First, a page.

Every now and again one hits a jackpot and this place is the motherload of jackpot. Tavistock is NOT the best kept secret. This place is. Abraham Flexner had backing from the Rockefeller Foundation and the Carnagie Foundation in his career time. His older brother worked for Rockefeller’s institute for medical research. Flexner believed in the smaller class size and more personal one on one teaching and a more hands on approach. His book the Flexner Report caused such a stir that many medical universities got shut down and the whole of medical education and education in general was overhauled.
This place believes in a methodology type of study and has a hands off approach to its students. It allows for the research to go on unhindered by deadlines. It is a small nucleus of around two hundred students. These are hand picked.
From their website about us page.
Welcome to the Institute for Advanced Study.
Since its founding in 1930, the Institute has remained, in the words of its founding Director Abraham Flexner, “small and plastic.” While its influence, through the achievements of its Faculty and Members and through the new institutions it has inspired, has been wide and profound, the Institute retains the intimacy and focus envisioned by its founders. It is, in its very essence, a community of scholars, both those who are here now, and more broadly, all who have benefited from membership.
Each year about 200 Members come to the Institute where they are given the freedom to work on the attainment of long-term goals without pressure for immediate results. We believe, as Abraham Flexner did, that the research that has the most profound impact on knowledge and understanding, and so often that which ultimately has the most profound impact on everyday life, is that driven by curiosity rather than immediate application. In a world in which funding bodies tend to support research that is programmatic and promises predetermined deliverables, the freedom provided by the Institute to its Faculty and Members is increasingly rare.
The Institute has remained remarkably true to its mission even as the work of our Faculty and visiting Members, who come from all around the world, has changed in response to advances in knowledge and developments in society at large. We are deeply indebted to our founders and our subsequent benefactors for providing and maintaining the independence which is essential for the continuance of the Institute’s mission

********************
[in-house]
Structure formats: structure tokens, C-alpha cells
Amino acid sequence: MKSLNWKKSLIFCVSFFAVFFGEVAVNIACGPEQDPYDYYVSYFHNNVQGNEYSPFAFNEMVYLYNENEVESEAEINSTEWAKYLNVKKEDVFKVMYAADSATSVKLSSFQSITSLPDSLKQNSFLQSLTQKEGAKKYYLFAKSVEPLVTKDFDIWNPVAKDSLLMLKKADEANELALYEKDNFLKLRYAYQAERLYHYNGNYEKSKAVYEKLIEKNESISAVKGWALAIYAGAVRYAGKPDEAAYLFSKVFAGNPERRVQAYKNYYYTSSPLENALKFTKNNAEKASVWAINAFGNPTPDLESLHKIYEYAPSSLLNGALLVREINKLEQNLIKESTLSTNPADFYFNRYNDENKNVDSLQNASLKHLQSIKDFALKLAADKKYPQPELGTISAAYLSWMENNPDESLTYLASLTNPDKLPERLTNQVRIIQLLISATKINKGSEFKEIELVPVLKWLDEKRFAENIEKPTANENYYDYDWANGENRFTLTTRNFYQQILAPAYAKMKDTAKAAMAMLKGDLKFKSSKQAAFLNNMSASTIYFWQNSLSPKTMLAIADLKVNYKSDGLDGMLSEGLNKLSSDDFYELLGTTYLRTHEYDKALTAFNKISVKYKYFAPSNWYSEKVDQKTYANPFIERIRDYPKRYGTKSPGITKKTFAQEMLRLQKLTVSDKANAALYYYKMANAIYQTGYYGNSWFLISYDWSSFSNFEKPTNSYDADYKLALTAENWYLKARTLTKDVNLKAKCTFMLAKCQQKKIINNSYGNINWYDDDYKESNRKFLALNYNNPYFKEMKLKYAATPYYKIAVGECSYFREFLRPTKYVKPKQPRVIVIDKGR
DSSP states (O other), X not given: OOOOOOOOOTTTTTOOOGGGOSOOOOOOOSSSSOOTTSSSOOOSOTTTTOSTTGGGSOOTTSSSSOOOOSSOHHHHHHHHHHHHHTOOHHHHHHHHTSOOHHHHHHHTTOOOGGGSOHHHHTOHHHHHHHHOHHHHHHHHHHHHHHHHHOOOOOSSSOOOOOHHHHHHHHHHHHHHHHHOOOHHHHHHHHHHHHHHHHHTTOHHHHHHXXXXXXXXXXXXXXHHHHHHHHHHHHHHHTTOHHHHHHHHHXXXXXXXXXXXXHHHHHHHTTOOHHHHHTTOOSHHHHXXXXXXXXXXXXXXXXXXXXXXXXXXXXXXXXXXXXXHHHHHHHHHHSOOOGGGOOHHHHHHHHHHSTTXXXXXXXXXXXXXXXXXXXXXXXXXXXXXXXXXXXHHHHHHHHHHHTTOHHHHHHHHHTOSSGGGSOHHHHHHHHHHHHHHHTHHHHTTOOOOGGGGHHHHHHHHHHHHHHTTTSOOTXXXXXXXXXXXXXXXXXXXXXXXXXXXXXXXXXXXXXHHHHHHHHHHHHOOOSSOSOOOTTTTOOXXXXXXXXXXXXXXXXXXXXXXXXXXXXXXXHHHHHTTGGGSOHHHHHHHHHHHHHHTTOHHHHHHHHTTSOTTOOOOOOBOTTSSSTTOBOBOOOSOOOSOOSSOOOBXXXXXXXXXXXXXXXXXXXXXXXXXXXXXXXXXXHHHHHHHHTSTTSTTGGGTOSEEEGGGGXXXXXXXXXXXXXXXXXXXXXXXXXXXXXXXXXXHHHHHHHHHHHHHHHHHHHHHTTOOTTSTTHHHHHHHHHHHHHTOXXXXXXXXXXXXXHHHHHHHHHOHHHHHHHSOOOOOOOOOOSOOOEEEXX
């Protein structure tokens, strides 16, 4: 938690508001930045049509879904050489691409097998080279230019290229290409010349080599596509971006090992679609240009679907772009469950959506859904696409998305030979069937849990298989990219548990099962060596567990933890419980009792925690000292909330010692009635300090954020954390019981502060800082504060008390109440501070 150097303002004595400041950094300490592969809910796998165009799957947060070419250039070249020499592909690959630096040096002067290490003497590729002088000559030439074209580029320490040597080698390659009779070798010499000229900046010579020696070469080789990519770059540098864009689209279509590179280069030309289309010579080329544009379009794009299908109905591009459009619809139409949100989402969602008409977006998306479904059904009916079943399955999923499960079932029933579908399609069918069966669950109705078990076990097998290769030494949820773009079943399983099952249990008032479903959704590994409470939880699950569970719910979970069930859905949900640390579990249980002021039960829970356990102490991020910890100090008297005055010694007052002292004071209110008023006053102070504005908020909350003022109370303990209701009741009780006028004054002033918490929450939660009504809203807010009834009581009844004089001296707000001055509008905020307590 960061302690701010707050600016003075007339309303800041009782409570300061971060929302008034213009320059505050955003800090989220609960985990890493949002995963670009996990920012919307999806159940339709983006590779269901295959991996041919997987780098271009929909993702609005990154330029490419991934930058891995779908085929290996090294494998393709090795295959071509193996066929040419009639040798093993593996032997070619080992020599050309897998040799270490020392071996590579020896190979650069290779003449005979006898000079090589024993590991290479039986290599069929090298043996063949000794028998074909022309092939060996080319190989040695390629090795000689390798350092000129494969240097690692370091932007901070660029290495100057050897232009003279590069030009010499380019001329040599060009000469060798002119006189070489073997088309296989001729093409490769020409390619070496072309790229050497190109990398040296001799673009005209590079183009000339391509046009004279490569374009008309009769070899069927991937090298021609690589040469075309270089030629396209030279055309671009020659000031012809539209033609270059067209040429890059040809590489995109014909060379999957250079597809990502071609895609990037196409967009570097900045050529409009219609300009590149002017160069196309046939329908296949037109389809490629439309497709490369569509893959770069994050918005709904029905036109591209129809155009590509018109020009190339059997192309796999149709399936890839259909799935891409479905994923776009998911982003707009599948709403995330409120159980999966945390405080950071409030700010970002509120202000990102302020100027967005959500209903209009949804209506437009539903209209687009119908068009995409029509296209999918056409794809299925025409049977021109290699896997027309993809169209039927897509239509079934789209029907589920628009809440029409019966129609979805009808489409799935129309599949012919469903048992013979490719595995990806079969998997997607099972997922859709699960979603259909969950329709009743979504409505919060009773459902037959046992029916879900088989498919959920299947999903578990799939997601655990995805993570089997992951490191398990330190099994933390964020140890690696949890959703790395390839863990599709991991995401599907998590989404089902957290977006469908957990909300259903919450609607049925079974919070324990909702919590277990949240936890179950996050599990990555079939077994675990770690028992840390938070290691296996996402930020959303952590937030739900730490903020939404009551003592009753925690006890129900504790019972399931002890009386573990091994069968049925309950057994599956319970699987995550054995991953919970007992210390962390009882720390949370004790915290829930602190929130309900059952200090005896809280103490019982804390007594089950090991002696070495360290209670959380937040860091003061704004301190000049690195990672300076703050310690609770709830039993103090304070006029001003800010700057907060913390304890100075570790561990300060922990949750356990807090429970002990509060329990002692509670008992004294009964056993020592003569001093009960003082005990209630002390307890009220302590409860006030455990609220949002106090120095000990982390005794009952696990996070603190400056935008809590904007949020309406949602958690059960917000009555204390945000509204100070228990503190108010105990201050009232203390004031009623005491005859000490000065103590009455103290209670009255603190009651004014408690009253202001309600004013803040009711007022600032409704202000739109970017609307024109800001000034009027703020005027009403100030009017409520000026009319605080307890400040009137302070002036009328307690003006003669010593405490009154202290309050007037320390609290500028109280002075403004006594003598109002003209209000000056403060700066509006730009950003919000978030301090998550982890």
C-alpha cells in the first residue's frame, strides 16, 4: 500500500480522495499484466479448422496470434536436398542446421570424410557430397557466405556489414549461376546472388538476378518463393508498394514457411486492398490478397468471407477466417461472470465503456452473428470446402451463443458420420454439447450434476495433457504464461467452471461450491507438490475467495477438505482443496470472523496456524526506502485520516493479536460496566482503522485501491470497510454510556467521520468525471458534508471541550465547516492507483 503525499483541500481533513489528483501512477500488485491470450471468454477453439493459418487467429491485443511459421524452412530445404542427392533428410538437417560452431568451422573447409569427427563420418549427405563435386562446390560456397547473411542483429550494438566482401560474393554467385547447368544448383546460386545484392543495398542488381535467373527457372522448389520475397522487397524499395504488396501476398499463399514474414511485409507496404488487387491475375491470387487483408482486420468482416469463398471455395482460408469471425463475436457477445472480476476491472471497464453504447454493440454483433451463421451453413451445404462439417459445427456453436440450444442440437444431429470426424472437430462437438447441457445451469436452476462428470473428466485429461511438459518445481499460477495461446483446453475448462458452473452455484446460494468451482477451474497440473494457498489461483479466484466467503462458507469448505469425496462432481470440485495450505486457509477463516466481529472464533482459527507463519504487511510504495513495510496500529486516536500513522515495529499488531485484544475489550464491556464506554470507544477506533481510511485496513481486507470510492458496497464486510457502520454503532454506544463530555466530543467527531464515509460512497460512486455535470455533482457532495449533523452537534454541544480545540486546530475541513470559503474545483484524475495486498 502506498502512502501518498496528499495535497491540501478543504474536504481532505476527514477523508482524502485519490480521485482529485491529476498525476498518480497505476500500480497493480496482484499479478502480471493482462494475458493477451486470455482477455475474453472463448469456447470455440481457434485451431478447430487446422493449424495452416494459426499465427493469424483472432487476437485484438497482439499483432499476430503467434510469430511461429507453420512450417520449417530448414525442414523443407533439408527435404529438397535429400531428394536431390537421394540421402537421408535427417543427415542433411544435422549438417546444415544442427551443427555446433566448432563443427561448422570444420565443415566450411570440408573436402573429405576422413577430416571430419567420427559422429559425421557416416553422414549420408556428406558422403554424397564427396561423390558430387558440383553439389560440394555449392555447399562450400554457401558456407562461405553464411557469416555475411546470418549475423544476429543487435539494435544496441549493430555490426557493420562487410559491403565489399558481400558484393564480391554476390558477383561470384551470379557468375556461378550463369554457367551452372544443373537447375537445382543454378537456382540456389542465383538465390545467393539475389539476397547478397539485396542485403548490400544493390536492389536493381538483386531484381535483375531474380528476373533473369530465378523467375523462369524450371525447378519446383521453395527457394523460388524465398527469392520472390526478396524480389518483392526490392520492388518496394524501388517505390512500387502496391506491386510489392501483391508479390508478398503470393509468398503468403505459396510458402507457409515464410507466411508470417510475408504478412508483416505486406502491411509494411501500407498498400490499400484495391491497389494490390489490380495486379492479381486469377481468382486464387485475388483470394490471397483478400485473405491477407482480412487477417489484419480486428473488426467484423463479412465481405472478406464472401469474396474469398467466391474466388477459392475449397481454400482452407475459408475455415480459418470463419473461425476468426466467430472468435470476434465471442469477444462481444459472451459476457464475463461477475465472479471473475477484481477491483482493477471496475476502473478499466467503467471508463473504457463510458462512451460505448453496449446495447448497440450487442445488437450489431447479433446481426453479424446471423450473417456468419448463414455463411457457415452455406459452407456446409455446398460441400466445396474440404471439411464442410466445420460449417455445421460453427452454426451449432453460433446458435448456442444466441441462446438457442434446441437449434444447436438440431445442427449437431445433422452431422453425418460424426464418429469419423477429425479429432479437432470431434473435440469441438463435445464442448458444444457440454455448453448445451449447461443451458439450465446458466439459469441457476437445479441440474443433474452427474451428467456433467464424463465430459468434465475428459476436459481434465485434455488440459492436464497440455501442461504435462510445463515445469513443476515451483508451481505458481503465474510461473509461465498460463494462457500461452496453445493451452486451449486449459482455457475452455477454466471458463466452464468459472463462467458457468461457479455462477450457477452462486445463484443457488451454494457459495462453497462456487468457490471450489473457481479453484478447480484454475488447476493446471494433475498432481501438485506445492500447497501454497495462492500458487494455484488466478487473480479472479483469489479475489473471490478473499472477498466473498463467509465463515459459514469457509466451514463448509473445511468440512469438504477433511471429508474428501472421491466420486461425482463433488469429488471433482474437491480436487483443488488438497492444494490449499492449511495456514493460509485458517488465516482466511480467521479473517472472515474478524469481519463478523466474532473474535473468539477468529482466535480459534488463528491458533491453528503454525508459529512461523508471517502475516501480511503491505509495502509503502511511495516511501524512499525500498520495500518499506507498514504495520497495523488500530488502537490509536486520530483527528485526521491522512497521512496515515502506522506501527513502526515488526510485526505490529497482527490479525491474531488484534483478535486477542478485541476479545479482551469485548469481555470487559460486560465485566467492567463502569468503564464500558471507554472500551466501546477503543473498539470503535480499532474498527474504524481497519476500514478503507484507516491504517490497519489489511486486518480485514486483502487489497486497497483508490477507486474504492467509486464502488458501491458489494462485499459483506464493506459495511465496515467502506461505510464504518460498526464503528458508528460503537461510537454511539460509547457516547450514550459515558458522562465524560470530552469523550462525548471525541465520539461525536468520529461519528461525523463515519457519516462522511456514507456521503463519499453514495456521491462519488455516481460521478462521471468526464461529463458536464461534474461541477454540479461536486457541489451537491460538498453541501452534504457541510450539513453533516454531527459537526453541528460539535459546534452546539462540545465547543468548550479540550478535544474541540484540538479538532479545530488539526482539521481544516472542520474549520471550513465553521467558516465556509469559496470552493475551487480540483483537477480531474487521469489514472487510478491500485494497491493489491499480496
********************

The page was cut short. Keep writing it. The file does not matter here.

Here’s some of what they offer:
The School of Historical Studies was established in 1949 with the merging of the School of Economics and Politics and the School of Humanistic Studies. It bears no resemblance to a traditional academic history department, but rather supports all learning for which historical methods are appropriate. The School embraces a historical approach to research throughout the humanistic disciplines, from socioeconomic developments, political theory, and modern international relations, to the history of art, science, philosophy, music, and literature. In geographical terms, the School concentrates primarily on the history of Western, Near Eastern, and Far Eastern civilizations, with emphasis on Greek and Roman civilization, the history of Europe (medieval, early modern, and modern), the Islamic world, and East Asia. Support has been extended to the history of other regions, including Central Asia, India, and Africa.
The Faculty and Members of the School do not adhere to any one point of view but practice a range of methods of inquiry and scholarly styles, both traditional and innovative. Uniquely positioned to sponsor work that crosses conventional departmental and professional boundaries, the School actively promotes interdisciplinary research and cross-fertilization of ideas. It thereby encourages the creation of new historical enterprises.
The School of Historical Studies supports scholarship in all fields of historical research, but it is concerned principally with the following: Greek and Roman civilizations, Medieval Europe, Modern Europe, The Islamic World, Philosophy and International Relations, History of Art, East Asian Studies.
Founded in 1973, the School of Social Science takes as its mission the analysis of societies and social change, and is devoted to a multi-disciplinary, comparative and international approach to social research. Each year, the School of Social Science invites about 20 visiting scholars with various perspectives to examine historical and contemporary problems, providing a space for intellectual debate and cross-fertilization to flourish. Scholars are drawn from a wide range of fields including political science, economics, law, psychology, anthropology, history, philosophy, and literary criticism. Members pursue their own research, and participate in a weekly seminar at which each has an opportunity to present on-going work.
In an attempt to create a sense of community, the School designates a theme for each year. The theme for the current year is Morals and Moralities, the second year in a 2-year exploration of Values in a Changing World. For 2012-2013 the theme will be Economics and Politics. Each year, about one-third of the scholars will pursue work relating to the theme, which conducts its own, more focused, seminar. An archive of past themes is available. Applications are strongly encouraged from scholars across the social science spectrum, however, regardless of whether their research corresponds to the year’s theme.
The school of Mathematics and Natural History are pretty straight forward and very advanced. Albert Einstein was an alumnus of this University. This is the kind of thinking is the “so open minded the brain leaked out” thinking. These people become our Economic Political and Business leaders, and they are our future.